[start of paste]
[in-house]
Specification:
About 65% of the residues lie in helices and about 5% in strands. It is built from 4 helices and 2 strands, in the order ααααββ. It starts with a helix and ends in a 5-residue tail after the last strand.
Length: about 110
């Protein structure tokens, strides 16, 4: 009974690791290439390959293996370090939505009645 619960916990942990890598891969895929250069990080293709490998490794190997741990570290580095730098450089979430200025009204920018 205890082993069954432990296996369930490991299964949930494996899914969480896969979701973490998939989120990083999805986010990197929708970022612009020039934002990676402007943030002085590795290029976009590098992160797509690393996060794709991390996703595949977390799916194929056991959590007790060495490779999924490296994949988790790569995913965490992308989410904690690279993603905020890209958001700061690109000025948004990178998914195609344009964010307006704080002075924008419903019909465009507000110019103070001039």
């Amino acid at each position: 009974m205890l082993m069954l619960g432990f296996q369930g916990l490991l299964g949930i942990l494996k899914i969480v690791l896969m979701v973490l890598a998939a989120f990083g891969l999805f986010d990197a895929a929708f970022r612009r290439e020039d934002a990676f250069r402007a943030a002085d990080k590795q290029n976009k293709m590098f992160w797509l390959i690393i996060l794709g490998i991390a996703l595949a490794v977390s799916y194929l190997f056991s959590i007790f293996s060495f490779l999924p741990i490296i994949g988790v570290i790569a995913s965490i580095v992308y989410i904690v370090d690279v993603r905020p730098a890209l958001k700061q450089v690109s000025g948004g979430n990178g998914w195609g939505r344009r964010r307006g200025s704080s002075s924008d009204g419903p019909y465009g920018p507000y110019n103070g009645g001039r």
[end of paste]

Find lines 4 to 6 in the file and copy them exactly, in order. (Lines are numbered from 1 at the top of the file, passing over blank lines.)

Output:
Length: about 110
């Protein structure tokens, strides 16, 4: 009974690791290439390959293996370090939505009645 619960916990942990890598891969895929250069990080293709490998490794190997741990570290580095730098450089979430200025009204920018 205890082993069954432990296996369930490991299964949930494996899914969480896969979701973490998939989120990083999805986010990197929708970022612009020039934002990676402007943030002085590795290029976009590098992160797509690393996060794709991390996703595949977390799916194929056991959590007790060495490779999924490296994949988790790569995913965490992308989410904690690279993603905020890209958001700061690109000025948004990178998914195609344009964010307006704080002075924008419903019909465009507000110019103070001039």
């Amino acid at each position: 009974m205890l082993m069954l619960g432990f296996q369930g916990l490991l299964g949930i942990l494996k899914i969480v690791l896969m979701v973490l890598a998939a989120f990083g891969l999805f986010d990197a895929a929708f970022r612009r290439e020039d934002a990676f250069r402007a943030a002085d990080k590795q290029n976009k293709m590098f992160w797509l390959i690393i996060l794709g490998i991390a996703l595949a490794v977390s799916y194929l190997f056991s959590i007790f293996s060495f490779l999924p741990i490296i994949g988790v570290i790569a995913s965490i580095v992308y989410i904690v370090d690279v993603r905020p730098a890209l958001k700061q450089v690109s000025g948004g979430n990178g998914w195609g939505r344009r964010r307006g200025s704080s002075s924008d009204g419903p019909y465009g920018p507000y110019n103070g009645g001039r």